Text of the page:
When the second-strongest hurricane to ever hit Louisiana swept through the state in September 2021, it left behind a trail of destruction that spared almost nothing. Himaya (Maia) Mula-Michel, CABBI Feedstock Production scientist at the U.S. Department of Agriculture (USDA) Agricultural Research Service in Houma, La., reports that even months after the record-breaking hurricane, stores are still closed and missing traffic signs haven’t been replaced. Her CABBI work as a Research Agronomist has since resumed, but Mula-Michel and her colleagues were off the grid for weeks with no electricity and Louisiana residents had to wait in long, grueling lines for gasoline to power their homes with generators.
CABBI’s sugarcane crop was one of the few things in Houma seemingly unfettered by Ida. “The sugarcane is fine and still growing!” she said.
Mula-Michel and her PI at USDA-ARS, geneticist Anna Hale, have been working to incorporate wild sugarcane traits into commercial cane varieties for conventional sugar production. Thanks to funding from CABBI, they have been able to expand this work to include the development of varieties for sustainable biofuel production. Because of the crop’s resilience and ability to efficiently convert sunlight to energy, sugarcane is an ideal candidate as a biofuel feedstock.
As is, wild sugarcane is not a perfect bioenergy crop. So Hale selects genetic improvements for desirable traits like disease resistance, cold tolerance, and high biomass production. The long-term goal is to make enhanced sugarcane varieties available to farmers to grow as feedstocks for fossil fuel alternatives. Hale and Mula-Michel plan to provide base varieties for CABBI researchers that efficiently produce biofuels with lower environmental impacts and greenhouse gas emissions (GHG) than fossil fuels. To achieve that, newly developed cane varieties need to be grown on marginal lands — those not suitable for food production.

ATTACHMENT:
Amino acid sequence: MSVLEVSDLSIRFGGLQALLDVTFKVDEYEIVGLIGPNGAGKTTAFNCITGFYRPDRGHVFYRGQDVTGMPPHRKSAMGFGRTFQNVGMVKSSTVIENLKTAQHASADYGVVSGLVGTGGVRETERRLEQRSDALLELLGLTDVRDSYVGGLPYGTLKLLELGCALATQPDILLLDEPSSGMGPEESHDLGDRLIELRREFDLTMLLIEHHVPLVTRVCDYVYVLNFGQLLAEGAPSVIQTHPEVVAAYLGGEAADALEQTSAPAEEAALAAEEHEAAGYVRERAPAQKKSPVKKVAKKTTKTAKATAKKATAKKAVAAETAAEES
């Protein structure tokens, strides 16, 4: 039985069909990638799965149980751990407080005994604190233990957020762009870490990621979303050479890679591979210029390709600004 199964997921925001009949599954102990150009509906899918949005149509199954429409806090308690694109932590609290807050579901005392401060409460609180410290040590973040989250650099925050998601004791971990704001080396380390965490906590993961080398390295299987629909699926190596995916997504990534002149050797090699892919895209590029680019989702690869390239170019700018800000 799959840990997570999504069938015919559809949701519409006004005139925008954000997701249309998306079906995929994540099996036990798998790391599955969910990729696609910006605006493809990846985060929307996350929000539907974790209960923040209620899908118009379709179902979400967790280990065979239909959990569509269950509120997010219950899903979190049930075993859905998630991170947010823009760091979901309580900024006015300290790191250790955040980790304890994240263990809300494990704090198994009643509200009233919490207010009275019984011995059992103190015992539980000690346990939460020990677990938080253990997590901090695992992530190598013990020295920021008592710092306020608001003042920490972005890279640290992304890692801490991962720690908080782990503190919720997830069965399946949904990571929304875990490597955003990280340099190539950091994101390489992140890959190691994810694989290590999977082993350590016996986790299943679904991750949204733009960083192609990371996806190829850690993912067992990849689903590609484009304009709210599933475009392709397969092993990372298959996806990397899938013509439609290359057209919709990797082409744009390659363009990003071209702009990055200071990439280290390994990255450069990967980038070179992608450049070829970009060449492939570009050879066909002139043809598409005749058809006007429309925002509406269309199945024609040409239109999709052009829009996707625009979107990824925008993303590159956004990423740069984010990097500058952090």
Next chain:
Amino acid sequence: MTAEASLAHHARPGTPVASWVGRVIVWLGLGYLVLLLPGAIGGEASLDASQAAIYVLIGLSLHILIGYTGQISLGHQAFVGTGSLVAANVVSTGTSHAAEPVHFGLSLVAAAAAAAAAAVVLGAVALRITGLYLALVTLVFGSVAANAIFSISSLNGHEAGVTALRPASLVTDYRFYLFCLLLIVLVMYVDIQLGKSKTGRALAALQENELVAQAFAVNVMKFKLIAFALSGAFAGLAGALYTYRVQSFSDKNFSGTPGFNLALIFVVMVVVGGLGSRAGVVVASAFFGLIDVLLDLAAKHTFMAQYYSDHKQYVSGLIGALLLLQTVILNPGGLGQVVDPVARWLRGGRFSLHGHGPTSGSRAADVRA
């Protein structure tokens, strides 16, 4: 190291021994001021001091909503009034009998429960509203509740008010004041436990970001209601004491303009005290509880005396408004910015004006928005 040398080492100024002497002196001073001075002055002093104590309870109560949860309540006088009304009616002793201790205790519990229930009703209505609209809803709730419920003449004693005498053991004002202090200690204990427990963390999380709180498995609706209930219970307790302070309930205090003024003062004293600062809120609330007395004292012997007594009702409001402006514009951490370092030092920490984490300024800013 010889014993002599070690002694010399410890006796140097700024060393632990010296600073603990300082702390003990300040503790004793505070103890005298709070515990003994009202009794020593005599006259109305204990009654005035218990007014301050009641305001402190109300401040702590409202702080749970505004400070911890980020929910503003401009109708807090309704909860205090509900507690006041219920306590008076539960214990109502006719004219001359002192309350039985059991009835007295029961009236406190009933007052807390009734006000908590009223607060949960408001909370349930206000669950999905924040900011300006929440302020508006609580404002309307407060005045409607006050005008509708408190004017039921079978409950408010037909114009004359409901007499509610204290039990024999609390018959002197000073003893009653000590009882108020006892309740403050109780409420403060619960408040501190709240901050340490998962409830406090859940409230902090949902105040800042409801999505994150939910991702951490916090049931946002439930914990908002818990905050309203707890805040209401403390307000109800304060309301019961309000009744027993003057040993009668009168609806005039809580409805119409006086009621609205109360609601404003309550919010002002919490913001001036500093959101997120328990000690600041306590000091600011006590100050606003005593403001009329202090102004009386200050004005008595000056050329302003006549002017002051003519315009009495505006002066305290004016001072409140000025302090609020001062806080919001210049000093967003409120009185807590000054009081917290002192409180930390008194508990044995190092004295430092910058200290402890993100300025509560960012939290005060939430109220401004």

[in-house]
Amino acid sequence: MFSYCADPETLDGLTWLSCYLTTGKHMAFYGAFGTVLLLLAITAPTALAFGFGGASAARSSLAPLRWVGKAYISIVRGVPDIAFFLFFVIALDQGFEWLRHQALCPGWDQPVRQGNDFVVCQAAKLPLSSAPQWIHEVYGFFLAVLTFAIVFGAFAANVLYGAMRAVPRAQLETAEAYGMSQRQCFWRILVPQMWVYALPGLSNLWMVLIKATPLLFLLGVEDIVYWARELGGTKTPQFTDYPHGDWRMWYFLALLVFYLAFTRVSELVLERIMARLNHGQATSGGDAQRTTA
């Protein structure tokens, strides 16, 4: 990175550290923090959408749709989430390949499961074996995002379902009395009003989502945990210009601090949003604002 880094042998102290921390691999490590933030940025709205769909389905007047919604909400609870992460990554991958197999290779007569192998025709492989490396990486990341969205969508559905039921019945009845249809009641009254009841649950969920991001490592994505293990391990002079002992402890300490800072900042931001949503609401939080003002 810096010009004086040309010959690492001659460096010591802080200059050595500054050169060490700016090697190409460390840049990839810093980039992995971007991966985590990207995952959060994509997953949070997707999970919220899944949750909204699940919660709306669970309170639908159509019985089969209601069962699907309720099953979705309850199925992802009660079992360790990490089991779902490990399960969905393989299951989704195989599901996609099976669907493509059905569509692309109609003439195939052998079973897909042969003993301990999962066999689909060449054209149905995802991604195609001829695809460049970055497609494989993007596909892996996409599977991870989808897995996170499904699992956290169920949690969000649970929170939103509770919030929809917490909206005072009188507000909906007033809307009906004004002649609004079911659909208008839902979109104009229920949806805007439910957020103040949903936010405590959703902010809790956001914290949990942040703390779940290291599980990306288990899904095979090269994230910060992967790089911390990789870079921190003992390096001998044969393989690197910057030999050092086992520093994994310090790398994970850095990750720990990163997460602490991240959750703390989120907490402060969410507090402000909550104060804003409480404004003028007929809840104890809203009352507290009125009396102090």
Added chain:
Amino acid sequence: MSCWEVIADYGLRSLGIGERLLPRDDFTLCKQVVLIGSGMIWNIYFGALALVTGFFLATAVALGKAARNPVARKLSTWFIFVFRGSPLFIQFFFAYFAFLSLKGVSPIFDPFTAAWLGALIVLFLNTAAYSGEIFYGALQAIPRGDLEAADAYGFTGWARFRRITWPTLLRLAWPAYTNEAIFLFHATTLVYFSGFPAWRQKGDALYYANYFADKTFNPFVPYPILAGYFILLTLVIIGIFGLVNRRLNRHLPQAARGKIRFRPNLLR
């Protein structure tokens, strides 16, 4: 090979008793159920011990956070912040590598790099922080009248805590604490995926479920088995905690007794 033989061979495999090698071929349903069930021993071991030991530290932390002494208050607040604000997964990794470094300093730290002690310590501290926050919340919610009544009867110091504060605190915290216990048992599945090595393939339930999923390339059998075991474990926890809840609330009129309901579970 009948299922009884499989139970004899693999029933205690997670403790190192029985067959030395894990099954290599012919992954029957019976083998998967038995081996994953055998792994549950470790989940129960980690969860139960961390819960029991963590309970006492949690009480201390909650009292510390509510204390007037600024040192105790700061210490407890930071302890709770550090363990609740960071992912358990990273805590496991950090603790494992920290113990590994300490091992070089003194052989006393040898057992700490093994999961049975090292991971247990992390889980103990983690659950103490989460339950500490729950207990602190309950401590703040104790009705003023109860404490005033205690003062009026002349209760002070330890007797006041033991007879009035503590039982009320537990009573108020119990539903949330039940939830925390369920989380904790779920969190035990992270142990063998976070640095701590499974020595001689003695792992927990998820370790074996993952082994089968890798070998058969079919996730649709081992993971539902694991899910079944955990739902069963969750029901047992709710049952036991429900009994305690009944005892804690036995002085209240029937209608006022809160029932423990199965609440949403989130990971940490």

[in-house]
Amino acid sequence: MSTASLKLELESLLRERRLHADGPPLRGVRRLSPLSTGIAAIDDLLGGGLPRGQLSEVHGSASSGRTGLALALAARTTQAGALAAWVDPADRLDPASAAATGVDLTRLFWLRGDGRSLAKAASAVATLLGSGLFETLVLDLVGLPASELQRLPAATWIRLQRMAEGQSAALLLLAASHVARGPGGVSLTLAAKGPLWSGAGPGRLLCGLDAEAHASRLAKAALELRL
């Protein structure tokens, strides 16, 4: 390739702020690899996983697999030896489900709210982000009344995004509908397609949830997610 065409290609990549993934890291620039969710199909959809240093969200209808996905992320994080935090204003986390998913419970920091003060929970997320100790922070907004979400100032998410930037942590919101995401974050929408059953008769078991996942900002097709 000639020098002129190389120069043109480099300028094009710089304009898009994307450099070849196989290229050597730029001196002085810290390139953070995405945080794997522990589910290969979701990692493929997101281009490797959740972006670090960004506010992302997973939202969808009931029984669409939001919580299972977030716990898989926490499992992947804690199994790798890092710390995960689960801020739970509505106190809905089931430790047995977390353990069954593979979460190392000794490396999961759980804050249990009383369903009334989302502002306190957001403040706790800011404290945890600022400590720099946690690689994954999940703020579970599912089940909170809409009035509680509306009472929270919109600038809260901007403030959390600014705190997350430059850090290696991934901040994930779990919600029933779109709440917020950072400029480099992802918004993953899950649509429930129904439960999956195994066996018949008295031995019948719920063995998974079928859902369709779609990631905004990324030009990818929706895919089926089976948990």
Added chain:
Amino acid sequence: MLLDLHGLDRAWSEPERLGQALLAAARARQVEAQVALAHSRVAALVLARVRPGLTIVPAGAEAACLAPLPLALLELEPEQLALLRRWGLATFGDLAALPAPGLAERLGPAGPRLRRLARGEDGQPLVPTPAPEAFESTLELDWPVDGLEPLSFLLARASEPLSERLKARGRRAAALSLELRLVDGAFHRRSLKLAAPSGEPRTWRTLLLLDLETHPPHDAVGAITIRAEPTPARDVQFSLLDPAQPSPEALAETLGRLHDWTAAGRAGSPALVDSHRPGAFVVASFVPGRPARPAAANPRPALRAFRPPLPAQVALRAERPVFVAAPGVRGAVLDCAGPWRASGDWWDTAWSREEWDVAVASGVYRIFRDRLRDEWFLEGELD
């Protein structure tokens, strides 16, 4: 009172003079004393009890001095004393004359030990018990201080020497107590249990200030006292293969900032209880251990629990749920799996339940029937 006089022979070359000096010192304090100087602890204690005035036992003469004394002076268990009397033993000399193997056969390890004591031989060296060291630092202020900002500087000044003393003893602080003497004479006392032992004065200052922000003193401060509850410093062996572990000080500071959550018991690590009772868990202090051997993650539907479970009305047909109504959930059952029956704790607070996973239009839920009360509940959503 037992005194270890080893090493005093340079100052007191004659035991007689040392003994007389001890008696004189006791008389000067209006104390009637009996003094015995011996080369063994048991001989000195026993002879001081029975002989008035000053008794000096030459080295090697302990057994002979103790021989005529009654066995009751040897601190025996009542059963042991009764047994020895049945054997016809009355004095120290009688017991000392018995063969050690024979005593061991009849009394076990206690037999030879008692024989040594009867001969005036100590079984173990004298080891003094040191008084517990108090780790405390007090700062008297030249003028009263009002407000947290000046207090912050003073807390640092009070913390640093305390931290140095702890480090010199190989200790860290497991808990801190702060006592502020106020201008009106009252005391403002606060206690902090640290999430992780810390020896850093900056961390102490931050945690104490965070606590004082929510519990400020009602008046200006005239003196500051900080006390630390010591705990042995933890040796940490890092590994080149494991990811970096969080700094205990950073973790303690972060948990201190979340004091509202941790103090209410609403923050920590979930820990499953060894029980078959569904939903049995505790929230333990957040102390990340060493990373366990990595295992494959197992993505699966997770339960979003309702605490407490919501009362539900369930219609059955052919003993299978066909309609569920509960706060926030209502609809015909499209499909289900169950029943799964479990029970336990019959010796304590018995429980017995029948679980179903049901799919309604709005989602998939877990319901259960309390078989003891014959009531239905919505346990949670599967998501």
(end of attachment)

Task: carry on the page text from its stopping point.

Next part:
The fact that much of the sugarcane was knocked over on its side but is still growing after a massive hurricane is encouraging: It’s a resilient plant, and it holds true potential for changing the energy scene. It can endure the more extreme weather caused by a changing climate while providing a more sustainable fuel option. So, the importance of CABBI’s sustainability work was inadvertently reinforced by Hurricane Ida.
Thankfully, Mula-Michel and her family safely endured the storm, though she says they are still disoriented.
She is originally from the central Philippines, where her grandfather was a rice farmer. She played in the rice fields as a child, always admiring her grandfather’s hard work and deep relationship with the Earth. Mula-Michel knew then that she, too, would work with plants throughout her life.
She earned her bachelor’s degree in Agriculture and her master’s degree in Soil Science, both at Visayas State University in the Philippines. Simultaneously, she was a research assistant working on fertilizer trials on corn and farm sustainability studies. In 2006, Mula-Michel came to the U.S. for the first time, attending Mississippi State University for her doctorate in Agricultural Science with a specialization in Soil Microbiology. She also pursued a postdoctoral education at Mississippi State.
Wanting to be closer to her husband’s family, Mula-Michel moved to Houma, just as a position opened up with the USDA. She joined the team as a Support Agronomist, and soon a position with Hale’s lab became available. That was three years ago.
“It was a blessing,” she said. “It was by the grace of God that when I moved here, a position with CABBI opened. I always wanted to work with the USDA!”
Mula-Michel’s daily routine with CABBI includes bountiful time in the lab screening hundreds of varieties of sugarcane. Much of her work involves wet chemistry, characterization processes, and some fieldwork.
In her free time, Mula-Michel is a self-titled “DIY Queen.” She sews, crafts, plays ukulele, and — of course — maintains a garden of both vegetable plants and ornamentals native to the Philippines.
Looking toward the future, she says she is with CABBI for the long haul.
“I always liked working with farmers and plants,” she said. “I love doing research, and my husband and I aren’t moving anyway, so I will stay with CABBI for as long as I can.”
— Article by iSEE Communications Intern Maria Maring